The most perfectly spiced, moist, flavorful recipe has taken 3 years to create. That’s ridiculous, but at least now this will be better than your neighbor’s pumpkin bread.
Haha, just kidding, you don’t really have a competition going, do you? If so, let’s hear it, I want all the drama.
No really, I only say that because I grew up with a woman who had the best recipes but would never share a single one. I now feel like that was probably a fear or insecurity. Don’t you think? When you’re afraid giving something away will mean you have less or that others will get the attention for it instead of you.
Anyway, this pumpkin bread is one you can be proud of and know it’s not only the best, but it’s so good you can’t wait to share the recipe.
Pumpkin Bread Testing
I never knew it would be so hard to create a really good pumpkin bread, but much like banana bread it took some time.
You see, pumpkin bread needs to have all of the moist goodness of a perfect quick bread, but it also has to have gobs of spice and flavor.
Start testing recipes and you’ll see what I mean.
Pumpkin bread is good, but sometimes it’s only just good enough. That’s not right! You need it to taste like fall, like the holidays.
It should taste like coming home from school and the leaves are crunching under your feet as you shuffle along, backpack stuffed with papers and feeling tired and maybe even a little lonely from the school day.
And then it happens, you open the front door and you’re there-you’re back home.
The place where you’re safe and you can do and be anything.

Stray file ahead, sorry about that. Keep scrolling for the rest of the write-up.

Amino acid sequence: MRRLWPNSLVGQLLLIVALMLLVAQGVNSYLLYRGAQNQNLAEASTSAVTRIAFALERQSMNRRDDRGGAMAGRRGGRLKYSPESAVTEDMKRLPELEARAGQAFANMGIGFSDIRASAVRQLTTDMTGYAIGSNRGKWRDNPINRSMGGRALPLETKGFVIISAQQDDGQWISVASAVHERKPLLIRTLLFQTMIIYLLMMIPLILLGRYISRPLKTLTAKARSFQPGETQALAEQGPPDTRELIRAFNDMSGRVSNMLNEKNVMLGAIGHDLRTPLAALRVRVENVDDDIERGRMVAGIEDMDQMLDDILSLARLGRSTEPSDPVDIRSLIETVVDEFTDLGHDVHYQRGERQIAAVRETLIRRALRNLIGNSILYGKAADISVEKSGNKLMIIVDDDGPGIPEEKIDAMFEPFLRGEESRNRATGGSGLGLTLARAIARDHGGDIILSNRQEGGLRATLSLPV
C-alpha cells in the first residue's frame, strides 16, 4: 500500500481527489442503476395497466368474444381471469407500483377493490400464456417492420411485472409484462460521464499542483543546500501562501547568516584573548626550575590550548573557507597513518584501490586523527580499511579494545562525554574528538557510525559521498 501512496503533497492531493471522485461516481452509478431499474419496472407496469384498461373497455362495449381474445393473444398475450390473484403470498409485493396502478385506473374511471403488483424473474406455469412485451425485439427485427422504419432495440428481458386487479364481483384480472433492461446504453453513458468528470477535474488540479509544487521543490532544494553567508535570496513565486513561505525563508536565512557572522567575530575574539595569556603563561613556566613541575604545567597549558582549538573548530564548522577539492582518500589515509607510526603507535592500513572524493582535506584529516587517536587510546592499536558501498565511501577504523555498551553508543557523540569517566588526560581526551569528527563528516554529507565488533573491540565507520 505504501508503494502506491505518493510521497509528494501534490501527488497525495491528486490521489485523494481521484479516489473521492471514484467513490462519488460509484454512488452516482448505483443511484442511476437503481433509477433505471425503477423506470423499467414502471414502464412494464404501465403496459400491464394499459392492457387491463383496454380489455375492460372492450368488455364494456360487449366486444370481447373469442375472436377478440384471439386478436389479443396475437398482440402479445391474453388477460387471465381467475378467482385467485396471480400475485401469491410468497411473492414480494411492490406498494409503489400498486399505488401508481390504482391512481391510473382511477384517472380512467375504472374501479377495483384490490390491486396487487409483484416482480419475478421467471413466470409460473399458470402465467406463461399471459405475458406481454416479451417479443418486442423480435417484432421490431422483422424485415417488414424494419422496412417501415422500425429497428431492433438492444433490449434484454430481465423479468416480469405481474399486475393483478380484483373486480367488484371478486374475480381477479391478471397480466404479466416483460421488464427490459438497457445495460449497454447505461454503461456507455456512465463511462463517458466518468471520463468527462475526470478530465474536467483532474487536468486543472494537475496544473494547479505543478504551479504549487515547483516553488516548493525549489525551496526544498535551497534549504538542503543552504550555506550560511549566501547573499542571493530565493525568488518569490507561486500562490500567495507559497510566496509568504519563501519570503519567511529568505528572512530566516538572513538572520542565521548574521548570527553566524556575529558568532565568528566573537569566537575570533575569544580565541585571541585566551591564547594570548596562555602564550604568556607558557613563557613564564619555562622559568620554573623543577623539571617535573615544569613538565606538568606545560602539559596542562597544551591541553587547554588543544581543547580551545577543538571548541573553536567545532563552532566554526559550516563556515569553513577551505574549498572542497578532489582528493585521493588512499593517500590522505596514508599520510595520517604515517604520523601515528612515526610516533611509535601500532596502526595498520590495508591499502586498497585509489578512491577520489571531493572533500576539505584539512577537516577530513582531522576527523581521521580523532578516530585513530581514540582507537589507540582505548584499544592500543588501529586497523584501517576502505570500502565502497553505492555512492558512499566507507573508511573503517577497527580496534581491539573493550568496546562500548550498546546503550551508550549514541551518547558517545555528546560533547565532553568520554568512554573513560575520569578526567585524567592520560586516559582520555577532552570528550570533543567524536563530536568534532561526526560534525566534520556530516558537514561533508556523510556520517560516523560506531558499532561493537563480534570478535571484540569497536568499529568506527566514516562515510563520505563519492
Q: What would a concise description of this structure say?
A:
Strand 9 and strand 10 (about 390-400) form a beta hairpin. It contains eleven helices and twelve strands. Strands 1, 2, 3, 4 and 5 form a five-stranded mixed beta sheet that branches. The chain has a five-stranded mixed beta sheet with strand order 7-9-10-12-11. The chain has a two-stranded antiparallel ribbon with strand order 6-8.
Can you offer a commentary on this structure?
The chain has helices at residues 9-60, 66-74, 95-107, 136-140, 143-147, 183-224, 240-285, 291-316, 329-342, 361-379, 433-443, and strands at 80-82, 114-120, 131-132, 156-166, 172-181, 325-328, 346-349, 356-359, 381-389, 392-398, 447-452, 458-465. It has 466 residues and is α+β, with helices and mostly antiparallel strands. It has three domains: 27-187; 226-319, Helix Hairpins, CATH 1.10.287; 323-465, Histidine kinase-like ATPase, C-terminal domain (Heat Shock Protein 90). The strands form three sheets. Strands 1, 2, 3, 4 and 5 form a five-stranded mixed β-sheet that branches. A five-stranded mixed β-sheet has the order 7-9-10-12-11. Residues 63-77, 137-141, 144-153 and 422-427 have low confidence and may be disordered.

Oh and the house, something is baking and your mom walks around the corner with a smile to ask the age old question, how was school?
Christmas at Grandma’s
Or maybe it’s popping over to Grandma’s house, Christmas is just two days away.
You’re hauling your stuff to the little bedroom at the end of the hall, carefully taking the creepy doll off of the bed and stuffing it in a closet so it doesn’t watch you sleep, haha.
The smells are filling the house, spices like cinnamon, nutmeg and even a little ginger.
As soon as you walk into the kitchen there’s Grandma, slicing a thick piece of pumpkin bread.
You can’t help but think, how could there ever been a world without Christmas, and somehow everything just feels good and right.
How to Make Pumpkin Bread
Ok, enough of the nostalgia, though if you’re patient with me, I think it’s actually really important to remember and slow down. But let’s talk about how to make pumpkin bread.
Combine the Dry Ingredients
- In a bowl, combine all of the dry ingredients and use a whisk to stir them together. This fully incorporates everything together and ensures that the bread rises and is flavored in every square bit.
Combine the Wet Ingredients
- In another bowl, stir together the wet ingredients starting with a few including the sugar to make it well combined and then add the rest. Doing it this way helps the sugars begin to melt into the batter and will keep you from over mixing the batter all together.
Combine and Bake
- Switch to a wooden spoon or spatula and fold the ingredients together gently, be sure to not over-mix or it will deflate the bread.
- Bake in a 9×5″ pan and no bigger or it will be a flat loaf.
All of these instructions can be found in full detail in the recipe card at the end of the post.
The Most Important Tip
There’s actually two tips you need.
- Do not substitute the oil. Pumpkin bread needs oil as the fat as any other fat evaporates too much water and makes for a more dry bread. The oil stays, kind of like it probably does in our arteries but shhhhhh let’s not think of that. Anyway, it stays and keeps the bread moist.